All in all I’m happy with the 391 books I sold during 2015. I’m also happy about getting my first reviews on Amazon, being contacted by a book blogger who posted a nice review on her blog and Goodreads, and receiving fan mail! That was a BIG WOW moment. I completed the first draft for book 4 and 5, and am currently in the latter stages of editing the third Crazy Cat book. I’ll let y’all know the details about how 2016 went in a year, maybe I’ll even throw in a pie chart or a line graph. Until then: Have a good one, y’all!

A Debut Novel’s First Year in Numbers

When I released my debut novel a year ago I had pretty much no idea what to expect. I found it frustrating that so few (or is it just me that haven’t found them?) were willing to share the actual results of their promotional efforts and overall sale when starting out. Vague words like “good” or “bad” was the norm of what little information I could find. So, this is me sharing what I would have loved to have read a year ago myself: An honest report of a self published debut novel’s first year in numbers.

My initial goal was to sell 1000 copies in a year. That goal changed pretty quickly, to have 1000 copies in circulation within a year – giveaways or sold – kindle or paperback. There are currently 1340 copies of Embers at Dawn (my debut novel) out and about. I’ll be the first to admit that I haven’t gone completely overboard with marketing, but I have certainly made an effort.

I’ve spent a total of approximately $1420 on the circus that is publishing and promoting, which includes: Proofreading, submission fees to competitions, copies of paperbacks (for giveaways, the local store etc.), promotions and postage for giveaways. I’ve earned a total of $242. Needless to say: I ain’t quitting my day job yet.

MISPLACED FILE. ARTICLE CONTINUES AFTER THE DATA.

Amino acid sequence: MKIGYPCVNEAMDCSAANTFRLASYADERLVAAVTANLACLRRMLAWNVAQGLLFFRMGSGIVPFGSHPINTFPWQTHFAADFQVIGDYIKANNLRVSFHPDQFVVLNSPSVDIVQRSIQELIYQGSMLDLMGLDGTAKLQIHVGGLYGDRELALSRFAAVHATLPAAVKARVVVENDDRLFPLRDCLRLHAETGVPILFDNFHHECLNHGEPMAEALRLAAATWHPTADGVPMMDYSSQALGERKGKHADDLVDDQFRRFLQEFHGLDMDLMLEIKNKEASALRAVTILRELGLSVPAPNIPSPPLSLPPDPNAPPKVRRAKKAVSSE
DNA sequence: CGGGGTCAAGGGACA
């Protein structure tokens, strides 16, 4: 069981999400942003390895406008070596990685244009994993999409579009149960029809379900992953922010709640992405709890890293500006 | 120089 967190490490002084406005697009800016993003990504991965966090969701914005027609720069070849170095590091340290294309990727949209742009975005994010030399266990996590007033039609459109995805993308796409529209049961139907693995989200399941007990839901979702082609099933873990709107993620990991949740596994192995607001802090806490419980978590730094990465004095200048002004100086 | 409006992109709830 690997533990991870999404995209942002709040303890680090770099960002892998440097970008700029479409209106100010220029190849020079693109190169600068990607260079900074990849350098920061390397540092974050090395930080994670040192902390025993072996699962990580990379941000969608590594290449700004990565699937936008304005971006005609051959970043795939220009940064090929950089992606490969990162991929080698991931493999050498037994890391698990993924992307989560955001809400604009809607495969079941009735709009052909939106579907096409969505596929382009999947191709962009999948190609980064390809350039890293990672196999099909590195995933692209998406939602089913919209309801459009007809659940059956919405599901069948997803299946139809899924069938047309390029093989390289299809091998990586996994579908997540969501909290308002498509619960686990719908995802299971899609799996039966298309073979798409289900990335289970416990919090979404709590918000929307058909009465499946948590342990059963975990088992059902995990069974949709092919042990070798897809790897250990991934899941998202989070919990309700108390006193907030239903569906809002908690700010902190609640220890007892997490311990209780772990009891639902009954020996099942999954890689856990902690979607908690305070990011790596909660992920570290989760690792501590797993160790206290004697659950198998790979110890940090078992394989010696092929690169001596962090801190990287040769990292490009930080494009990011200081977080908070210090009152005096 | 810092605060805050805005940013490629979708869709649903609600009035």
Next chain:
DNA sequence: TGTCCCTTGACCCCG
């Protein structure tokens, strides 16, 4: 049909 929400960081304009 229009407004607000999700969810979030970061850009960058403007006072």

Here’s what I’ve done to get those 1000+ copies in the hands of readers:

KDP SELECT

Embers at Dawn has only been available as paperback and Kindle edition during the year it’s been out. I started off pricing the book at $3.99 and lowered it, over time, to $0.99. I have sold a few at the $0.99 price point, but I don’t need more than two hands to count the sales.

I have used KDP Select’s Free Book Promotion as often as I could. The results have varied, but have generated more “sales” (can you call it that when you’re giving away something?) than varying the price. The results of my Free Book Promotions are as follows (unless otherwise stated the promotion have only been marketed via Facebook, Twitter, Instagram and my blog):

  • Five days in December 2013 – Copies given away: 224
  • Two days in March 2014 – Copies given away: 73
  • One day in April 2014 – Copies given away: 24
  • Two days in May 2014 promoted via Digital Book Today – Copies given away: 107
  • Two days in September 2014- Copies given away: 73
  • Three days in September 2014 promoted via Digital Book Today, E-books Grow on Trees, FreeBooksy and It’s Write Now – Copies given away: 751

GOODREADS

I have tried two different approaches to promoting my debut novel on Goodreads. I have hosted two giveaways where I gave away nine copies of the book and advertisement. I can’t say that the advertisement did much else than rob me off $50, but the giveaways were a major success. I kept both giveaways open for a month, as recommended by Goodreads – one directly after the book was released and another about six months after. 1286 people requested the book during the first giveaway. 1130 during the second. There are currently 929 people who have marked it as “to read” and I have received 7 reviews and 13 ratings.